Bria Skonberg on the 2017 Juno red capet. She won the Vocal Jazz Juno for her album Bria. ©2017 Brett Delmage
Bria Skonberg on the 2017 Juno red capet. She won the Vocal Jazz Juno for her album Bria. ©2017 Brett Delmage
The Cellar Live record label in Vancouver released Metalwood's Juno-winning album because of its ties to this country.

“Metalwood is Canadian, like really Canadian, and they come from across Canada, and so it was totally a natural fit,” said record owner Cory Weeds.

It was an illuminating comment in a year when most of the winners in the Juno jazz categories live in New York City.

The 2017 jazz-related Junos were awarded on Saturday to:

  • Metalwood: Twenty (Jazz Album of the Year: Group)
  • Renee Rosnes: Written in the Rocks (Jazz Album of the Year: Solo)
  • Bria Skonberg: Bria (Vocal Jazz Album of the Year)
  • Diana Panton: I Believe in Little Things (Children's Album of the Year)

Rosnes, Skonberg, and two of Metalwood's four members are Canadian ex-pats who now live in New York City.

When asked to comment on this, Rosnes said, “Well, it's the mecca of our music. New York has a fantastic jazz scene as you know. It's very vibrant, and a lot of Canadian musicians go there to play and learn and a lot of us end up staying.”

She noted that the Canadian musicians in New York are “all friendly with one another, and we have a great love for Canada and we come back very often to perform and to see family of course as well.”

In her acceptance speech, Skonberg said, “I'm proud to be Canadian.” She thanked the New York City community, “for lifting me up”, and her home town of Chilliwack, BC, “for keeping me grounded”.

View photos by Brett Delmage of JUNO jazz award nominees and winners on the red carpet

Updated April 5, 2017

Update May 4: The five Canada Scene jazz concerts being co-sponsored by the Ottawa Jazz Festival were finally officially announced this morning: David Occhipinti's Camera Ensemble (June 22); Erin Costelo (June 23); Gord Grdina's Haram (June 24); Al Muirhead Trio featuring Guido Basso (June 25); and Jean Derome et les Dangereux Zhoms (June 26). All are Canadians, and all will be performing in the NAC Back Stage at 6 p.m.

The National Arts Centre announced today some of the Canadian jazz musicians it will present as part of its Canada Scene festival to celebrate Canada's 150th.

The festival, which will run from June 15 to July 23, will present 1000 Canadian artists in more than 100 events in the National Capital Region, including music, theatre, circus, dance, visual arts, film, and culinary arts. It announced its full line-up this morning.

Six jazz groups will be presented at the NAC in joint concerts with the Ottawa Jazz Festival between June 22 and 26. They include:

  • Toronto guitarist David Occhipinti’s Camera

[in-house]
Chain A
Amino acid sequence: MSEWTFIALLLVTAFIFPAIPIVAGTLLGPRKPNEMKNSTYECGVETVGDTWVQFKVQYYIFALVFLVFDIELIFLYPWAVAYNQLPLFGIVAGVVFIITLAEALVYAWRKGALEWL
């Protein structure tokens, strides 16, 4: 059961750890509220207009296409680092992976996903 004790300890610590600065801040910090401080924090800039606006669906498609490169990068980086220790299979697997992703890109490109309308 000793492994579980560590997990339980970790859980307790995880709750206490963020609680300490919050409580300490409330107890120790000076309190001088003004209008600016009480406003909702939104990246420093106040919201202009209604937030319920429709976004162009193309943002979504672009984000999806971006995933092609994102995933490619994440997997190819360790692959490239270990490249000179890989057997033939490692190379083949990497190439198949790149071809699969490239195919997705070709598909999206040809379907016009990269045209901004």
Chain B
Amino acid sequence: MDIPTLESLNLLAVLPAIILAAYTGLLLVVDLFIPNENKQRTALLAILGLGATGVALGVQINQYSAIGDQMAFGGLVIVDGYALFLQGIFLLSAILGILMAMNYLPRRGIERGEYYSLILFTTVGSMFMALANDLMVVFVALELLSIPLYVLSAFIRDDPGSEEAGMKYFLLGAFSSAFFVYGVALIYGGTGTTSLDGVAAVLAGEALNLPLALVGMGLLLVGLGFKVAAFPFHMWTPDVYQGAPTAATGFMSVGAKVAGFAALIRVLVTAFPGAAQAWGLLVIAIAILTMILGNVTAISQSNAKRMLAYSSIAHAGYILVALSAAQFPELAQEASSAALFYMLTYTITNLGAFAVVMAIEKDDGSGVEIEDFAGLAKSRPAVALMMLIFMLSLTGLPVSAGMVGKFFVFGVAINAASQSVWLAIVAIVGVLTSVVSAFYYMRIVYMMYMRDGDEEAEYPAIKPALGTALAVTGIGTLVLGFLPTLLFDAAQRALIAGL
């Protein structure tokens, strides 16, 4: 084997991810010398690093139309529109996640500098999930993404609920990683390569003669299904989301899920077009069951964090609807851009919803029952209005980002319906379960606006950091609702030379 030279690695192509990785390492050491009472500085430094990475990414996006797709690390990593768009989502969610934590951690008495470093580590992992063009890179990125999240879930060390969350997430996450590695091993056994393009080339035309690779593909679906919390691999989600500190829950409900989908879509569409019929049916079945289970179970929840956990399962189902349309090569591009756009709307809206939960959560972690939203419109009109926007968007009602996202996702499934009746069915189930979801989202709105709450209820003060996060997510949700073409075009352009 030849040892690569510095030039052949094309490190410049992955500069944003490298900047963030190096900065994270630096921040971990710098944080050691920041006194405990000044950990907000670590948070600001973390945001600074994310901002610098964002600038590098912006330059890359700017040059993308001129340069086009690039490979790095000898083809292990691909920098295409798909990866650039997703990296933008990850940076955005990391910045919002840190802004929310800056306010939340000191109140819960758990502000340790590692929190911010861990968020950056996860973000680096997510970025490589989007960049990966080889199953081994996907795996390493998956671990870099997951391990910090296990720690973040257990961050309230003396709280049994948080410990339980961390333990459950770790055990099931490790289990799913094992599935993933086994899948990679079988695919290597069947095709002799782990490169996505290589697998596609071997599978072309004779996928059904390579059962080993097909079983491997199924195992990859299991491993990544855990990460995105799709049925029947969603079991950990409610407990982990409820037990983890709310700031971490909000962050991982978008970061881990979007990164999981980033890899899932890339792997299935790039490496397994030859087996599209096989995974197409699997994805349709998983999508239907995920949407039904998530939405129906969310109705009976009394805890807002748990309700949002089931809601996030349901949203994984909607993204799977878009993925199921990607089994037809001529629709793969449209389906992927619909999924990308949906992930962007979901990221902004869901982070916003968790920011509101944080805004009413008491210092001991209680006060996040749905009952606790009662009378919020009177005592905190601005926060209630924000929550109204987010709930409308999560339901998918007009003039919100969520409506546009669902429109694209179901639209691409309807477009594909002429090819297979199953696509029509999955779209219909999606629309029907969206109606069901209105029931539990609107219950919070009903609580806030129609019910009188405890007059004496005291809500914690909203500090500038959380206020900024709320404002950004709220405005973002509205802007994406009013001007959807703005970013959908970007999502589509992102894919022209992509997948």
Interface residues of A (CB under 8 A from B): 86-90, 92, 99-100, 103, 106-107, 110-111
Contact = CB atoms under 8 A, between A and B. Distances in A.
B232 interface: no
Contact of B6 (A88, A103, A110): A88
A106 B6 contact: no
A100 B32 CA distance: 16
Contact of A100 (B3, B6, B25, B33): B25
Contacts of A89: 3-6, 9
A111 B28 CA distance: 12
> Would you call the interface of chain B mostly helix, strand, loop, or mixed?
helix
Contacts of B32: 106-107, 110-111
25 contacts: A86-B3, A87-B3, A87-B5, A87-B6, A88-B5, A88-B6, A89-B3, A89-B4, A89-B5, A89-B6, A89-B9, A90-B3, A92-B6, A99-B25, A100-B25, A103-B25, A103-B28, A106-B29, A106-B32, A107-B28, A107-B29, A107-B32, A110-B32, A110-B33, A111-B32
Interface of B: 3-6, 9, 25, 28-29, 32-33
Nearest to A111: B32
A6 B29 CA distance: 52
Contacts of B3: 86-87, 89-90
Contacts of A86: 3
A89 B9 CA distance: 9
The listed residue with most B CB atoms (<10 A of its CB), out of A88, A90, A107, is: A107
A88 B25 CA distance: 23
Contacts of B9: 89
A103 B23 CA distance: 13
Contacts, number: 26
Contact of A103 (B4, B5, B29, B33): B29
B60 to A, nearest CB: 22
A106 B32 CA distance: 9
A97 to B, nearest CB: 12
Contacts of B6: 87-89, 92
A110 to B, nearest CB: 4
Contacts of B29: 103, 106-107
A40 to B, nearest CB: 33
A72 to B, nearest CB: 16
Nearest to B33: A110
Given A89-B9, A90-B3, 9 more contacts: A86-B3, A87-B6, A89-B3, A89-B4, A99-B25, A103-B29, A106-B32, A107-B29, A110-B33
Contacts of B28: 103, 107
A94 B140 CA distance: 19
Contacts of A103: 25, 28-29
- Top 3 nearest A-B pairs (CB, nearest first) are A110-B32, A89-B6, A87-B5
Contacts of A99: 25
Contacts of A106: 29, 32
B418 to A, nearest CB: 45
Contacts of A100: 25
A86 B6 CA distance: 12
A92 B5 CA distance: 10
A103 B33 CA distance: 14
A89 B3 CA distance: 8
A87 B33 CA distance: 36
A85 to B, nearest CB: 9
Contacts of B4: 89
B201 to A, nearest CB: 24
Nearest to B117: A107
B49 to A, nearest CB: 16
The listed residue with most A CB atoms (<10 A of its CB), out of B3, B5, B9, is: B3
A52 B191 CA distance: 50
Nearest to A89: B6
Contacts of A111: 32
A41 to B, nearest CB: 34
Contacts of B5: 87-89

• Vancouver guitarist/oud player Gord Grdina with his Haram project
  • Calgary trumpeter Al Muirhead and his straight-ahead quartet, with Alberta bassist Kodi Hutchinson, Toronto flugelhornist Guido Basso, and Ottawa pianist Brian Browne. Hutchinson told OttawaJazzScene.ca that Browne has replaced the originally-announced Don Thompson.
  • Montrealer improviser, saxophonist and objects player Jean Derome
  • and two more concerts, which have not yet been confirmed.

The highest-profile Canada Scene jazz concert was announced last fall: the July 10 “Oscar, with Love” tribute in Southam Hall – with six renowned jazz pianists, but ironically not all Canadian, playing on Peterson's own beloved Bösendorfer Imperial grand piano, which will travel to Ottawa for this occasion. The evening will be hosted by Peterson's daughter, Céline. [See the OttawaJazzScene.ca video interview with Robi Botos about that show]

For jazz fans, April in Ottawa is bookended by two notable events – the 2017 Juno Awards at the beginning of the month, and the first GigSpace Jazz MicroFest (and International Jazz Day) at the end. But you'll have plenty to hear in the middle as well.

Dave Young is nominated for his quintet album of hard bop jazz favourites and originals, One Way Up. He performs at Junofest on Saturday night  ©Brett Delmage, 2016
Dave Young is nominated for his quintet album of hard bop jazz favourites and originals, One Way Up. He performs at Junofest on Saturday night ©Brett Delmage, 2016
Modern jazz. Bossa. Brazilian and Afro-Cuban. Avant-garde. Tributes to jazz giants of the past. Big bands. Jazz fusion. Most any jazz style you like you're bound to find someone performing it this month.

On Saturday, April 1, the jazz-related Juno Awards will be handed out in the early evening at a gala dinner at the convention centre. Nearby, at Live! on Elgin downtown, jazz fans will be able to hear three of the jazz nominees starting at 9 p.m., in the second JUNOfest jazz showcase. We asked the nominees what they'd be playing at the showcase, and you can read all the details in our Juno Awards overview article.

The non-jazz awards will be handed out on Sunday, April 2, at the Canadian Tire Centre in Kanata, in a televised show.


OttawaJazzScene.ca is made possible by reader donations. We'd like to thank Riek van den Berg and Mike Steinberg for their donations which enabled us to research and report these April highlights.


But there are alternatives to the Juno excitement and crowds. Toronto guitarist James Brown has been playing with bassist Jim Vivian for two decades now, and you can hear their intimate and intricate musical conversation at GigSpace on April 1. It's a rare chance to hear either Brown or Vivian, who is one of the finest jazz bassists in Canada. No line-ups, no fuss, just Brown's creative originals plus some new and classic standards. Read our interview with Brown to learn more.

Also on April 1, the Ottawa group 45north tips its hat to the Junos with its jazz take on Canadian music – some jazz, some popular – at Fatboy's Southern Smokehouse in the Market.

The City of Ottawa will develop its first music strategy for Ottawa, Mayor Jim Watson announced Friday morning at a city-sponsored “Ottawa as a Music City” panel. But not everyone there was convinced that developing a strategy was the best use for the money.

Mayor Watson: We're very excited and bullish about the possibility of the [music] industry here in Ottawa growing even faster and bigger. ©2017 Brett Delmage